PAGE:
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Title: Great Transformations in the Age of Platforms: Knowledge, Interaction, and Community on the Digital Frontier
Authors: Chakrabarti, Parijat
Advisors: Wherry, Frederick
Contributors: Sociology Department
Keywords: development
economic sociology
platform economy
Silicon Savannah
sub-Saharan Africa
Subjects: Sociology
African studies
Issue Date: 2023
Publisher: Princeton, NJ : Princeton University
Abstract: This dissertation examines the encounter of technologists and traders in Kenya’s “Silicon Savannah,” one of Africa’s largest tech hubs. At this frontier of the platform economy, I document how a coalition of Kenyan and foreign technologists, buttressed by powerful frames of “data for development,” work to migrate interaction and exchange in informal fresh produce and fast-moving consumer goods markets onto digital platforms and how market communities respond to these efforts. In so doing, I elucidate how local practices of valuation and exchange, human-environment interaction, and the bonds of market community are molded in encounter with the global, and increasingly digital, economy. Drawing on 24 months of fieldwork and blending multi-sited ethnography, 112 interviews with farmers, traders, investors, field agents, and platform managers, original survey data, and analysis of large-scale platform log data, this dissertation develops three linked studies. First, I document in ethnographic detail how identity, interaction, and understandings of value along agricultural value chains are transformed as market governance is unbound from interpersonal networks and embedded in data-driven algorithmic systems— a process I call “making markets machine-readable.” While sociological studies typically analyze how the use of data produces the social order, this study examines how social and ecological systems are remade so as to produce and be governed with data. Second, I shift our attention downstream to show how retail platforms broker new relationships across a wide range of actors including global financiers, multinational distributors, and local traders. While this emerging network offers certain benefits to retailers, I show how imbalances in these relationships distribute benefits unevenly and often exclude small-scale women traders. Finally, while platform narratives frame Nairobi’s wholesale markets as chaotic, inefficient, and in need of reform, I reveal order in the chaos. I show how wholesale traders cultivate multiple, diverse, and negotiated relationships to help them manage the uncertainty endemic to small-scale agricultural value chains. Compared to strict platform discipline, it represents a different way of organizing socio-economic life— one that holds lessons as we grapple with climate change among other radical uncertainties sparked by rapid globalization and technological change.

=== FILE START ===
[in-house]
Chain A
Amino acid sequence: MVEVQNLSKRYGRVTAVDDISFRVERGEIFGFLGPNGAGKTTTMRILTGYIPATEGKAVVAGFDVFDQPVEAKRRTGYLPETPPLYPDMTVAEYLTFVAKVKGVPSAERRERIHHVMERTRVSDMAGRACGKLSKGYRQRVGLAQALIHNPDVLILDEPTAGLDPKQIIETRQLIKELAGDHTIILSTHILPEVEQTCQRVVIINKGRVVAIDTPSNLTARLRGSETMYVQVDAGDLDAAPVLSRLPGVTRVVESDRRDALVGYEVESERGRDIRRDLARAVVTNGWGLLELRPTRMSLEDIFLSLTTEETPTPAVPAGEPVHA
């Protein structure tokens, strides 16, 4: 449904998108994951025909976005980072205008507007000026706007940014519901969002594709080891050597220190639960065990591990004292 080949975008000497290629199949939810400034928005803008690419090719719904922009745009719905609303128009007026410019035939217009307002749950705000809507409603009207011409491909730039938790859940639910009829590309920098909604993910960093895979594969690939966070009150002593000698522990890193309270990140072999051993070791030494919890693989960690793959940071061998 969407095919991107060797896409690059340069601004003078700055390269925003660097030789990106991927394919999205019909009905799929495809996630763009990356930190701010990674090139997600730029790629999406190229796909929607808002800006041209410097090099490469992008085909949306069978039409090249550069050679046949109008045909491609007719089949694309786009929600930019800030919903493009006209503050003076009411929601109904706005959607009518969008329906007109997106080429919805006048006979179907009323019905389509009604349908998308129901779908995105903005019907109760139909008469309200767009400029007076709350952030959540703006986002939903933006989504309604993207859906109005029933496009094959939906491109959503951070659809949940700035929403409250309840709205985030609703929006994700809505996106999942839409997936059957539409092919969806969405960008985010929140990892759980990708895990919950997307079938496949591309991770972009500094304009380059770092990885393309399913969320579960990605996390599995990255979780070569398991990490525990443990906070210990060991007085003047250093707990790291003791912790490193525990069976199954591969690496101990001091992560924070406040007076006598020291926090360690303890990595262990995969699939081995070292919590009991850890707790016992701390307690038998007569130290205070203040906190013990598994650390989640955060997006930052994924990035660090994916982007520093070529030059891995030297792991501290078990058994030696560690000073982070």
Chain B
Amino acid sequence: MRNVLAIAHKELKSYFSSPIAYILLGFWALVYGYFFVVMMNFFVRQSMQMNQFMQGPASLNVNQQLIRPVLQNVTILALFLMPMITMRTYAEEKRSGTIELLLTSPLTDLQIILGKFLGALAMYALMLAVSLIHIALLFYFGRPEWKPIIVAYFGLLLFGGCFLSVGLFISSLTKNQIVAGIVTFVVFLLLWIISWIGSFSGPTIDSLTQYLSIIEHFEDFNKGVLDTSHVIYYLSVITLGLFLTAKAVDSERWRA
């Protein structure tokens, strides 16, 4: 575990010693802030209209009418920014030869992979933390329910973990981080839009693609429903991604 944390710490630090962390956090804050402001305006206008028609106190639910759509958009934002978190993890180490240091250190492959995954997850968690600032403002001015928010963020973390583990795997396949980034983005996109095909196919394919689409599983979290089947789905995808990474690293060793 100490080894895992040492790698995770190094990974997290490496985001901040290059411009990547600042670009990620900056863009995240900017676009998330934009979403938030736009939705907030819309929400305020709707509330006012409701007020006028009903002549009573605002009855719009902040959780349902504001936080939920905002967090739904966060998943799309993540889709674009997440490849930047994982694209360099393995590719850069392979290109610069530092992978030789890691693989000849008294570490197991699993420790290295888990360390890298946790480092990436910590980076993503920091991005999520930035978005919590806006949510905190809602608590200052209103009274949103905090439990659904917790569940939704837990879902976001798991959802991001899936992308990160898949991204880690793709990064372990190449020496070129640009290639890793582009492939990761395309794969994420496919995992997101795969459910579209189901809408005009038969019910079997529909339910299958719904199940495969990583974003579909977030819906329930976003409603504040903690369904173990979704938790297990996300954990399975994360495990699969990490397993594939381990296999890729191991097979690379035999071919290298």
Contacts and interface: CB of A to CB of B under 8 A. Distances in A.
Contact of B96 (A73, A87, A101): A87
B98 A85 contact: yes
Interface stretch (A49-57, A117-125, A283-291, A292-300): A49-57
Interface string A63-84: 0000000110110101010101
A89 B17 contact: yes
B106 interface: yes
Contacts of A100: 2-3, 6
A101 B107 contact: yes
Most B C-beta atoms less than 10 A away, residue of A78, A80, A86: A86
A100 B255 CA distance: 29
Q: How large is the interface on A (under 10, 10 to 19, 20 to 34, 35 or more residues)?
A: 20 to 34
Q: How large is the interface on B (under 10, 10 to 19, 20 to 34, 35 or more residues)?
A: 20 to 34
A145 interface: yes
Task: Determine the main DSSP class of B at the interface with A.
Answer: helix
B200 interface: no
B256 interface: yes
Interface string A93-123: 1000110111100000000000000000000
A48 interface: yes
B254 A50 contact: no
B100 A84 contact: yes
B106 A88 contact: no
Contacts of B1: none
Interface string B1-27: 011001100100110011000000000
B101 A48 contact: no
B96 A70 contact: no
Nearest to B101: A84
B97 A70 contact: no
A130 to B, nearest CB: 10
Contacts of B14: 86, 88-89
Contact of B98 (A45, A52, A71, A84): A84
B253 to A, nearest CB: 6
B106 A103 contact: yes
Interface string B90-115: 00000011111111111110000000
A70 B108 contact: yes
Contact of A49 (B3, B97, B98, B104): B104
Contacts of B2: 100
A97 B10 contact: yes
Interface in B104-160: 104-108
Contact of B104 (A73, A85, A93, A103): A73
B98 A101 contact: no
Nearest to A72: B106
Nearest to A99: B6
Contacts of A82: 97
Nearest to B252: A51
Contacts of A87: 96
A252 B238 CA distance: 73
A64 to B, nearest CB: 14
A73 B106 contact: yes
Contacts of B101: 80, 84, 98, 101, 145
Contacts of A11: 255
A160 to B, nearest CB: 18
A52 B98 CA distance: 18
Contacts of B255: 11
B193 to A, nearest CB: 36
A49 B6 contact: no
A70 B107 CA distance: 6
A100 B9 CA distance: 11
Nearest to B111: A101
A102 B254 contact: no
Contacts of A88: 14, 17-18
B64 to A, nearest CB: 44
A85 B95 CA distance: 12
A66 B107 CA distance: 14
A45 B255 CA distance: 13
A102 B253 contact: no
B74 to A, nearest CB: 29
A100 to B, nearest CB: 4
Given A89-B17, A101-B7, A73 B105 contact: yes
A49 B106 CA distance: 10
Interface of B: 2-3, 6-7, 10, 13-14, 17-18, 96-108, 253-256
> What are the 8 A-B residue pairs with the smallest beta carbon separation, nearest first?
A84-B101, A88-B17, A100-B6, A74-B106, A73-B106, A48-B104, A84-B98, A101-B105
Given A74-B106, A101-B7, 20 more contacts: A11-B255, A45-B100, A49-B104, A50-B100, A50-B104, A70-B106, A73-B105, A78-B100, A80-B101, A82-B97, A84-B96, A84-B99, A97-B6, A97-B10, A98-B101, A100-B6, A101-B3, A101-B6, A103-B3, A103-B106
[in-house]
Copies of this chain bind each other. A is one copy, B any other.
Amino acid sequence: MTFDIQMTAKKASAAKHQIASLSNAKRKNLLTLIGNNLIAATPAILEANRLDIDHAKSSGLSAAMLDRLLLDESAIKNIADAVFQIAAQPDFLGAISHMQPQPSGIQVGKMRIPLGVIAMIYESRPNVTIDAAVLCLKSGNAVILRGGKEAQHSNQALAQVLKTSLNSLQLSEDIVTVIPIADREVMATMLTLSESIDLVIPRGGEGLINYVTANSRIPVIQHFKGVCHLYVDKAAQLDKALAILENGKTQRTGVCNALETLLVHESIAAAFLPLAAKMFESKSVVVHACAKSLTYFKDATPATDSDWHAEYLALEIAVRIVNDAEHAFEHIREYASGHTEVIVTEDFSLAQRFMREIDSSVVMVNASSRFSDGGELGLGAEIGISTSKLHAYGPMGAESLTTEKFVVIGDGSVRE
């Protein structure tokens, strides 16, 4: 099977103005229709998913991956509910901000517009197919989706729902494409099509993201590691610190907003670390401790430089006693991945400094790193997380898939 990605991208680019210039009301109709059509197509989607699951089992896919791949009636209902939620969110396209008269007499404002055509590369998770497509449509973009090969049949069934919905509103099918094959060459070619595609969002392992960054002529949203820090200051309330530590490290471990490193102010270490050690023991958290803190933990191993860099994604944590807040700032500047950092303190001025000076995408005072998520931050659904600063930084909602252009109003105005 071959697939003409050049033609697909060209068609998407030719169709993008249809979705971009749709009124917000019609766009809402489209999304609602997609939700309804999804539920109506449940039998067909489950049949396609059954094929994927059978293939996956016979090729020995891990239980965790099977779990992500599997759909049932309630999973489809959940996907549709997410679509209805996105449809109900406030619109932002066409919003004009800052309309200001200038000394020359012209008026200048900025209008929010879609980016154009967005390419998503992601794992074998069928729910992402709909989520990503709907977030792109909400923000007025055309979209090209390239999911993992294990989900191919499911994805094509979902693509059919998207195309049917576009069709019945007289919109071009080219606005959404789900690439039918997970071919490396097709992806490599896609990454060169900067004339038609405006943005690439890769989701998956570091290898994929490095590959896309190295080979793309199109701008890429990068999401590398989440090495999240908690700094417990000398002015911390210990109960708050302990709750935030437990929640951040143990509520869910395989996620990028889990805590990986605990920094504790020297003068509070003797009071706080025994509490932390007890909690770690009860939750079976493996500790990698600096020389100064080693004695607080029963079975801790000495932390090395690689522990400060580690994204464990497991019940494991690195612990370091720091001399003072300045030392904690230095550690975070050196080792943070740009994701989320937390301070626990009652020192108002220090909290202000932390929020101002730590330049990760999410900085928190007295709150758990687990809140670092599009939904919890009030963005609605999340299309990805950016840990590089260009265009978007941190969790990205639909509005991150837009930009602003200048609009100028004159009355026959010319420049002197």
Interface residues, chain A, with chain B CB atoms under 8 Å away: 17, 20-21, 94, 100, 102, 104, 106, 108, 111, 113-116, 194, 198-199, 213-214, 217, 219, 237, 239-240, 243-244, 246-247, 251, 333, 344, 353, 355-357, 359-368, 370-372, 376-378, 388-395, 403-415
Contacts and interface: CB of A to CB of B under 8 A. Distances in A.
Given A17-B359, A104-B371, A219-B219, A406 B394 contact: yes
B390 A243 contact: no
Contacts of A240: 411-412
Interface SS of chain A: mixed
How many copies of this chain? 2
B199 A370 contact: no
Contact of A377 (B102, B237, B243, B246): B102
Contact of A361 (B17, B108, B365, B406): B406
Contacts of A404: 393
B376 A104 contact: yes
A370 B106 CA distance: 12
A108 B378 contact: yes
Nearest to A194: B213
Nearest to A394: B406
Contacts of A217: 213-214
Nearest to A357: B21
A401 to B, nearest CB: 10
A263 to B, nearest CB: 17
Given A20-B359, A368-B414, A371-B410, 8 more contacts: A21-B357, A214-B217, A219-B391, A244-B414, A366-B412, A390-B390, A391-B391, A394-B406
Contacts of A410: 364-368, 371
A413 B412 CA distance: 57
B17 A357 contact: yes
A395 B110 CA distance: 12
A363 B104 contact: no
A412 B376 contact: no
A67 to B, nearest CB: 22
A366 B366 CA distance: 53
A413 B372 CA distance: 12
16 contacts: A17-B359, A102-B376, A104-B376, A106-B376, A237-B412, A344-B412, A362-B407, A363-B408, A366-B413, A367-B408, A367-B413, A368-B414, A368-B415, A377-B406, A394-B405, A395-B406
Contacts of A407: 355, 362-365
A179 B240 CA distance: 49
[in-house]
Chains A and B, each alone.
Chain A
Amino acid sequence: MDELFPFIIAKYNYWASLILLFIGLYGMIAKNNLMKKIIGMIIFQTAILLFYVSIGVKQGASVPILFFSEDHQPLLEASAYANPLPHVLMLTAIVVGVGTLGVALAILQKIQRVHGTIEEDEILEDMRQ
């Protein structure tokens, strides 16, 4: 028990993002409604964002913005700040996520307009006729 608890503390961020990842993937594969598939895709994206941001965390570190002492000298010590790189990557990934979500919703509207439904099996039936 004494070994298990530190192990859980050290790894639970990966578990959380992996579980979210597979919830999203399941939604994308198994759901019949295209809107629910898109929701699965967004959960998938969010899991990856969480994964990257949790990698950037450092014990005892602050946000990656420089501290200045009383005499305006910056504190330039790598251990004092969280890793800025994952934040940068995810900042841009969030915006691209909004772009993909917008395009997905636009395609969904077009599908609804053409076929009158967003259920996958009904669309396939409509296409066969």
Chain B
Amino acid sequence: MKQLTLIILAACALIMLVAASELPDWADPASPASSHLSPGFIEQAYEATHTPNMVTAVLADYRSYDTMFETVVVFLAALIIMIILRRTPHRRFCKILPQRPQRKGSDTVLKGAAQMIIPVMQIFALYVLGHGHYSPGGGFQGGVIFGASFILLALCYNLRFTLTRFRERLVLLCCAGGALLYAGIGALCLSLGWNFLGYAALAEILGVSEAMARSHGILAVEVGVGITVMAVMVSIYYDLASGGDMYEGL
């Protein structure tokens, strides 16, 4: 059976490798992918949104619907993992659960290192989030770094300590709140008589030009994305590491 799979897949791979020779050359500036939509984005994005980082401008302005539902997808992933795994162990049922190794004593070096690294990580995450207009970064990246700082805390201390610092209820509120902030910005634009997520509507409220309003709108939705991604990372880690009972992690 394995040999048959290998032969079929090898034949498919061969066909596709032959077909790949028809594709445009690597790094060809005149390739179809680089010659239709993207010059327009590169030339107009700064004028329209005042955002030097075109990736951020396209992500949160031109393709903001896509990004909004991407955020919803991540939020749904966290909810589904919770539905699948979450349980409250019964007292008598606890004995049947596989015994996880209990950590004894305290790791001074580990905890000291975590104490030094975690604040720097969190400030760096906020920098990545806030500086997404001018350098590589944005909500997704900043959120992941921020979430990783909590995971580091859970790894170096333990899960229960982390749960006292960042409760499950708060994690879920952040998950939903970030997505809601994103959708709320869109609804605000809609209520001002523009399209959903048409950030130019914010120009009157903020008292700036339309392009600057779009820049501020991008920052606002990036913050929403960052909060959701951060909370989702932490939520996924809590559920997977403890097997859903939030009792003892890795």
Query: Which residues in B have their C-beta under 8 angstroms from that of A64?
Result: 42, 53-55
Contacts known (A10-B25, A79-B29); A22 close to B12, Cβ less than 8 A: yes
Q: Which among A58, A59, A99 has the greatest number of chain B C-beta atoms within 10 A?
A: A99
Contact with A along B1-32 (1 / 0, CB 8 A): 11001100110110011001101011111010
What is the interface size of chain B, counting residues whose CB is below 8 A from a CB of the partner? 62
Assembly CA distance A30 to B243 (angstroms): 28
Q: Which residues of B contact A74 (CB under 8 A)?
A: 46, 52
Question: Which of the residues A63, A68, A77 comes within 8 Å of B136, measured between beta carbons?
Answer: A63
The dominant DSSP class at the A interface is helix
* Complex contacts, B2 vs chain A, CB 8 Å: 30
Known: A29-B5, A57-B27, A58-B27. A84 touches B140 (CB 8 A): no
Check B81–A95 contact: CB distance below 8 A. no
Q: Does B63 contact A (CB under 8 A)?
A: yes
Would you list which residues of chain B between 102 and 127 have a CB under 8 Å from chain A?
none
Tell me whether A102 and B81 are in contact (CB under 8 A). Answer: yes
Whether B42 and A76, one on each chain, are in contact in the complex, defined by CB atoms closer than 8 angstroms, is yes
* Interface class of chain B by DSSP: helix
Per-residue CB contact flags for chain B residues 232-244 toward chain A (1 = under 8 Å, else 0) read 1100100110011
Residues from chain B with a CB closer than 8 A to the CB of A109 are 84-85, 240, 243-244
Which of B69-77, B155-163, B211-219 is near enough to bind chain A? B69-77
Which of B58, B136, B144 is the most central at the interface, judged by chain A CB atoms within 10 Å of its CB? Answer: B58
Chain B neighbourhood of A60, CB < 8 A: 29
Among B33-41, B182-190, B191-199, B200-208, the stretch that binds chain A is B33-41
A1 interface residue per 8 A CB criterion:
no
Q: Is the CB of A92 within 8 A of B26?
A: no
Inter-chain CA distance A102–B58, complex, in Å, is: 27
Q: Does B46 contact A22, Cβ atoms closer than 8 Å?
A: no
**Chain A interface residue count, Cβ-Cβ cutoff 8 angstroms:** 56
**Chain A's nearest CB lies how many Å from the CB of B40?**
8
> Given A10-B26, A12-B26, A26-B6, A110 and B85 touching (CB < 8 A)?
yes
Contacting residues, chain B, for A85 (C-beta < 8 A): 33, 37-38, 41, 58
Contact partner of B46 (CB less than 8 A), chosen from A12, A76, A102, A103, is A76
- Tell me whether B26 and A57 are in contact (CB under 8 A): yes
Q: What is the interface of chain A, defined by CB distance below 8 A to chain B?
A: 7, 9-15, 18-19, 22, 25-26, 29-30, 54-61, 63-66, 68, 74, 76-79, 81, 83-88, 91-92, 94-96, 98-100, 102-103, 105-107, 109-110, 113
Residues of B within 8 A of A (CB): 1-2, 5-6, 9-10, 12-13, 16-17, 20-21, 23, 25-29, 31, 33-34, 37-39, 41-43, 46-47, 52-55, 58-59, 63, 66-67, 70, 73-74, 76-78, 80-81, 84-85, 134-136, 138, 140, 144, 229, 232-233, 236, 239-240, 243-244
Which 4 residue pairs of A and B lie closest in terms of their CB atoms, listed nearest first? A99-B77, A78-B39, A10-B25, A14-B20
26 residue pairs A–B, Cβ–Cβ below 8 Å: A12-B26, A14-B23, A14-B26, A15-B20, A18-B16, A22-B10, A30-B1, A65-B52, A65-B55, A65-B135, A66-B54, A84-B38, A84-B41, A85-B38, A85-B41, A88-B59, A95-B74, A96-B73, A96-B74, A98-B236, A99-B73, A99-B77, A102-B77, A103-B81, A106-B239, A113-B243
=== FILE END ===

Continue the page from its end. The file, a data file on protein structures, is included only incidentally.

Type of Material: Academic dissertations (Ph.D.)
Language: en
Appears in Collections:Sociology

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